The key principles being followed by India for combating marine plastic debris are

  1. Prevention of items becoming debris in the first place
  2. Polluter pays principle
  3. Ecosystem approach
  4. Public and private participation
  5. Sustainable consumption and production
  6. Best available knowledge and practices

The following acts, rules and notifications of the country are enacted to achieve the goal of prevention of items becoming debris in the first place.

1) Under the Shipping sector, Merchant Shipping Act, 1958 and its amendments contain several provisions for Prevention and Containment of Pollution of the seas from ship-generated pollution sources and enables ports to provide reception facilities at ports in order to receive ship generated wastes.

2) Water (Prevention and Control of Pollution) Act, 1974 and its amendments including that of 2011: These acts have provisions for the prevention and control of water pollution, and for the maintaining or restoring of wholesomeness of water (fresh as well as sea water).

3) Ministry of Environment, Forest & Climate Change has notified various Rules pertaining to Plastic Waste Management as detailed below.

i. Plastic Waste Management Rules, 2016
ii. Standard Guidelines for Single-Use Plastic, 2019
iii. Plastic Waste Management (Amendment) Rules, 2021
iv. Plastic Waste Management (Amendment) Rules, 2022
v. Nation-wide Ban on identified Single Use Plastic Items from 1st July 2022

4) The Environment (Protection) Act was enacted in 1986 with the objective of providing for the protection and improvement of the environment. It empowers the Central Government to establish authorities charged with the mandate of preventing environmental pollution in all its forms and to tackle specific environmental problems that are peculiar to different parts of the country.

5) The National Environment Policy 2006 is intended to be a guide to action: in regulatory reform, programmes and projects for environmental conservation; and review and enactment of legislation, by agencies of the Central, State, and Local Governments. The dominant theme of this policy is that while conservation of environmental resources is necessary to secure livelihoods and well-being of all, the most secure basis for conservation is to ensure that people dependent on particular resources obtain better livelihoods from the fact of conservation, than from degradation of the resources.

6) The National Policy on Marine Fisheries, 2017 is a nation-wide sectoral document aiming at ensuring the health and ecological integrity of the marine living resources of India’s Exclusive Economic Zone through sustainable harvests for the benefit of present and future generations of the nation. It is based on seven pillars, namely (i) sustainable development; (ii) socio-economic enrichment of fishers; (iii) principle of subsidiarity; (iv) partnership; (v) inter-generational equity; (vi) gender justice; and (vii) precautionary approach. These seven pillars will guide the actions of various stakeholders in meeting the Vision and Mission set for the marine fisheries sector of the country. In addition, the Policy underlines 11 areas of intervention considered fundamental for the sustainable development of the sector including regulatory mechanisms to control pollutants to ensure that land and sea-based pollution are effectively controlled and the ecosystems monitored.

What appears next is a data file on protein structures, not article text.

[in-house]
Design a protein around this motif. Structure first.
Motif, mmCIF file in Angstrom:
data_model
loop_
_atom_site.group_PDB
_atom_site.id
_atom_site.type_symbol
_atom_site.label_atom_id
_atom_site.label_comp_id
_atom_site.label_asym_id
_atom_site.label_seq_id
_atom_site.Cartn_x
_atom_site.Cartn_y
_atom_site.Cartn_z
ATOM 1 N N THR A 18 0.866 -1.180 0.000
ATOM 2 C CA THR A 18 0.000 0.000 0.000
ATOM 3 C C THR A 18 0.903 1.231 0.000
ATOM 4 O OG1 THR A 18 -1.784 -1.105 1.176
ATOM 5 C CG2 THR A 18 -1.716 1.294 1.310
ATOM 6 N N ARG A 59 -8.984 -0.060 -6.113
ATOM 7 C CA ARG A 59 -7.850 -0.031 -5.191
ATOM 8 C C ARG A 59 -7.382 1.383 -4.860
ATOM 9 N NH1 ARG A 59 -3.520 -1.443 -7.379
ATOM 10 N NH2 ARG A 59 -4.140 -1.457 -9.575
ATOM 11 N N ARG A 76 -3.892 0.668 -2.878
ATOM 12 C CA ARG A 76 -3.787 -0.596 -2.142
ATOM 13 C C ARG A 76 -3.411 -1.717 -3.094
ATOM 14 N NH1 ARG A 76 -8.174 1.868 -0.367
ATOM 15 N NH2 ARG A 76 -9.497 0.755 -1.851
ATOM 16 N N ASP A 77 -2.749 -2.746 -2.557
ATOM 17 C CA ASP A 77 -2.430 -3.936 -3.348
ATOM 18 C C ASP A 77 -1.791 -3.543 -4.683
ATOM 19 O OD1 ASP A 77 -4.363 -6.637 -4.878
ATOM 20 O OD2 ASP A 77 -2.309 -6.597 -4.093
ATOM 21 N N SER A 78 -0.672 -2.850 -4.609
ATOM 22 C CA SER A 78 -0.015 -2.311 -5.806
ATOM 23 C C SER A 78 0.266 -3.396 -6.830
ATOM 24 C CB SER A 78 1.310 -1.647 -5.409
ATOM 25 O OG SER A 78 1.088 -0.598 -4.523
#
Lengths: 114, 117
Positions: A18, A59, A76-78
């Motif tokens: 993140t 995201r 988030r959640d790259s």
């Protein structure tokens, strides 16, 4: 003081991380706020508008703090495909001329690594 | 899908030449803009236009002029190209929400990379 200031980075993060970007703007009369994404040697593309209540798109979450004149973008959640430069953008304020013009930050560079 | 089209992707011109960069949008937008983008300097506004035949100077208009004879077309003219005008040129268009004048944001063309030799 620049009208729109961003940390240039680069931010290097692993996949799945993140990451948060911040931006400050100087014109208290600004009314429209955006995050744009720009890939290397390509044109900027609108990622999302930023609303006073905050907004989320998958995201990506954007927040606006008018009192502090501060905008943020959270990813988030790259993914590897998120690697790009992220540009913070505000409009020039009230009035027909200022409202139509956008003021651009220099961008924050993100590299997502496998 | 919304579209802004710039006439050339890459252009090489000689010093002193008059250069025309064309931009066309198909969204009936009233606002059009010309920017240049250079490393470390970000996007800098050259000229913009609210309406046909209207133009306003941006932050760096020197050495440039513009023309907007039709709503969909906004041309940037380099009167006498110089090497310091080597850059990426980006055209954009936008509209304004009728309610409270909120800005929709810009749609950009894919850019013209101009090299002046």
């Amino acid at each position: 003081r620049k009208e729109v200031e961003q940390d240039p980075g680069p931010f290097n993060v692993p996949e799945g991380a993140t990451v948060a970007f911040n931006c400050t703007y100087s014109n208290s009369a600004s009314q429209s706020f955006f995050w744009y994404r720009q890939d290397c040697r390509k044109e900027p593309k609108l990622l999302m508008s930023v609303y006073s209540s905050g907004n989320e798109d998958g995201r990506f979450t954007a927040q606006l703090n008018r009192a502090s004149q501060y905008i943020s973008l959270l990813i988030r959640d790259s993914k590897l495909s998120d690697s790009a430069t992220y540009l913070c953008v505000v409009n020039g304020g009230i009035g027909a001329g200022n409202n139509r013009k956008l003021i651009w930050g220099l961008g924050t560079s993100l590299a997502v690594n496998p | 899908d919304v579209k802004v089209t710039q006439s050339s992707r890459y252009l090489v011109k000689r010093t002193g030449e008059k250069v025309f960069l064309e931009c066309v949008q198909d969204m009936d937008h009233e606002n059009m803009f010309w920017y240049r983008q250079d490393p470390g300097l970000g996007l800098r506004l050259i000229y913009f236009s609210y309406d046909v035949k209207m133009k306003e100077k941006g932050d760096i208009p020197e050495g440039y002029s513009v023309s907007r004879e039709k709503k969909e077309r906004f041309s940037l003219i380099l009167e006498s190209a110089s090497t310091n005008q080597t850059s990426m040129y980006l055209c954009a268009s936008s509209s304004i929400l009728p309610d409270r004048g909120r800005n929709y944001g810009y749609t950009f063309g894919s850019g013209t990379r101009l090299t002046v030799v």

7) Plastic Waste Management Rules, 2016, and its amendments, prohibit manufacture, import, stocking, distribution, sale and use of carry bags and plastic sheets less than 50 microns in thickness in the country. There is complete ban on sachets using plastic material used for storing, packing or selling gutkha, tobacco and pan masala.

8) Ministry of Environment, Forest & Climate Change had also issued “Standard Guidelines for Single-Use Plastic” on 21st January 2019 to all States/UTs and Ministries. Further, the Government of India has initiated several programmes such as “Swachh Bharat Abhiyan”, National Mission for Clean Ganga and Smart Cities Mission” in order to develop clean and sustainable environment which contribute towards the Marine Litter Policy.

9) Plastic Waste Management Amendment Rules, 2021, also prohibit manufacture, import, stocking, distribution, sale and use of plastic carry bags having thickness less than 75 microns with effect from 30th September, 2021, and having thickness less than 120 microns with effect from the 31st December, 2022.

10) Ministry of Environment, Forest & Climate Change has also notified the Guidelines on Extended Producers Responsibility on plastic packaging as Plastic Waste Management Amendment Rules, 2022. As per the regulations, EPR, the responsibility for the environmentally sound management of the product until the end of its life lies with the producer. The Guidelines provide framework to strengthen circular economy of plastic packaging waste, promote development of new alternatives to plastic packaging and provide next steps for moving towards sustainable plastic packaging by businesses.

IMO & FAO Regulations:

India has ratified the Annex V of the International Convention for Prevention of Pollution from Ships regarding Prevention of Pollution by Garbage from Ships on 11 June 2003. International Convention for Prevention of Pollution from Ships Annex V generally prohibits the discharge of all garbage into the sea, except as provided otherwise in regulations 4, 5, and 6. Garbage includes items such as plastics, fishing gear, etc., among others. As per Annexure V, Governments are obliged to ensure adequate reception facilities at ports and terminals for the reception of garbage.